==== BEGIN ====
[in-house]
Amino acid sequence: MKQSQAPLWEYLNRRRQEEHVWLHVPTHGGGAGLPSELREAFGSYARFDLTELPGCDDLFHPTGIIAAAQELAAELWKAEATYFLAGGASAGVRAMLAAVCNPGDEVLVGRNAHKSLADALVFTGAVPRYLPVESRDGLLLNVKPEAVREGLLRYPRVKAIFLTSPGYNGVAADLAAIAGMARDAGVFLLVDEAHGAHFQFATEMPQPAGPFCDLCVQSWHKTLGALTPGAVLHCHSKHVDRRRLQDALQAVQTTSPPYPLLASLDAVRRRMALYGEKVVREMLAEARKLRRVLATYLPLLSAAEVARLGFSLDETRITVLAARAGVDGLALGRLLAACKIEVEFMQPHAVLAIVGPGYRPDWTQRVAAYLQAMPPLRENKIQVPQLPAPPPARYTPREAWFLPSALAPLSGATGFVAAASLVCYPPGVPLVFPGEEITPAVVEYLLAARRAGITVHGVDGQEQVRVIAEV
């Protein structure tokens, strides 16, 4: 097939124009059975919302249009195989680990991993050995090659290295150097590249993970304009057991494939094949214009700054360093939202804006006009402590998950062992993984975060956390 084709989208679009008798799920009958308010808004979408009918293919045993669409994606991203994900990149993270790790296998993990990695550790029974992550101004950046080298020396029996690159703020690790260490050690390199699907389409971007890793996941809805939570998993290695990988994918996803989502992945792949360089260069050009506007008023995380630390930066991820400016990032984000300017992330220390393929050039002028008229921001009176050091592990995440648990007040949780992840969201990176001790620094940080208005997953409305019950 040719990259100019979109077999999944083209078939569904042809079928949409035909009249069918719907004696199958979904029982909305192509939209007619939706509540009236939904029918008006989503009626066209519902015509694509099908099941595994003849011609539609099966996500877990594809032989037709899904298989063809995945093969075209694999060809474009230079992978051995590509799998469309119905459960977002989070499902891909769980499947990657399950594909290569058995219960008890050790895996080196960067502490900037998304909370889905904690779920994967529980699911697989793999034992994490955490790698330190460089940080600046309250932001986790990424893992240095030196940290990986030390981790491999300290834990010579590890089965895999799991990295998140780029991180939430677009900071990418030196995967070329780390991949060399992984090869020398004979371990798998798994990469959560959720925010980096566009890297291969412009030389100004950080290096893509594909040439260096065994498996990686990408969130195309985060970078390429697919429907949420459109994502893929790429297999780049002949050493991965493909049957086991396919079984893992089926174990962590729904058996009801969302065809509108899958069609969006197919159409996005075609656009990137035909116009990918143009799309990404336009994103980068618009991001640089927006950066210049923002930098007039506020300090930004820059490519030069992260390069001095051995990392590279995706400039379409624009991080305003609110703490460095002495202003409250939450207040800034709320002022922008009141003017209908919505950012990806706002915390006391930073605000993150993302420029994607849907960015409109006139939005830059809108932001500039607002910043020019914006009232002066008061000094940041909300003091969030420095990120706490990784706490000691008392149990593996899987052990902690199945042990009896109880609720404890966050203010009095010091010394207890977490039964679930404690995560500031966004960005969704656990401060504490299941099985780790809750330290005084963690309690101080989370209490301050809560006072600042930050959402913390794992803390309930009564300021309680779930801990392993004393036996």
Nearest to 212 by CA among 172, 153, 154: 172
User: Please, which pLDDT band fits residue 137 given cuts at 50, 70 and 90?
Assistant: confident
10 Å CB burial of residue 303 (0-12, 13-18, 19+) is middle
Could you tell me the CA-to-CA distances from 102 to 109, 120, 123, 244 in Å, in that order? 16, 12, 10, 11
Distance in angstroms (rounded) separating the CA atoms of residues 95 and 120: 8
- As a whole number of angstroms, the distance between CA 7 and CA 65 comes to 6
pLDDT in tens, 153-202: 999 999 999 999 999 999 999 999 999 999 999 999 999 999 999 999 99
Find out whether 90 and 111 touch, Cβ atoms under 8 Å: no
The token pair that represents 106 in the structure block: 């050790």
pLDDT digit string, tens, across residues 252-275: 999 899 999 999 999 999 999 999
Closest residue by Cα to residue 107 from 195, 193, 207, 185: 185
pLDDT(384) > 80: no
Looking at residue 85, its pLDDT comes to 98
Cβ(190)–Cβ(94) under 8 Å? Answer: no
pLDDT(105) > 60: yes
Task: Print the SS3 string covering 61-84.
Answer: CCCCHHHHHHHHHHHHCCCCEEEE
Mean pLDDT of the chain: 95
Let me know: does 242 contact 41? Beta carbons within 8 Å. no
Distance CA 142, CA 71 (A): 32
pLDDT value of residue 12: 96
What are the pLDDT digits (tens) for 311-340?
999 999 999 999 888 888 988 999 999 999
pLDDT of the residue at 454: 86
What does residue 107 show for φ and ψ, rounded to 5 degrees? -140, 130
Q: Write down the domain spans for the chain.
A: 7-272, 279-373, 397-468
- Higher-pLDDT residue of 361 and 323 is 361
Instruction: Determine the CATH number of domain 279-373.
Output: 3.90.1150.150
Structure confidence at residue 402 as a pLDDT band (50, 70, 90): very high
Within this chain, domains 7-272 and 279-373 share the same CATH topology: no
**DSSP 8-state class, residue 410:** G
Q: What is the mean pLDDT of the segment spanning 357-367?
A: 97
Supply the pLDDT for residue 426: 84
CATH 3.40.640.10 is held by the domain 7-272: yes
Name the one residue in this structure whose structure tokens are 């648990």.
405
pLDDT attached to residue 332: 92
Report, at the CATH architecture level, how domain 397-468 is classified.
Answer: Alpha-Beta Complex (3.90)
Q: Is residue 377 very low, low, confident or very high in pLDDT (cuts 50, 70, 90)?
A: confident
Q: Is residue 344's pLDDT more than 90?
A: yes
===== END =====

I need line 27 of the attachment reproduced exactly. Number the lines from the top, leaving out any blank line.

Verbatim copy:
999 999 999 999 888 888 988 999 999 999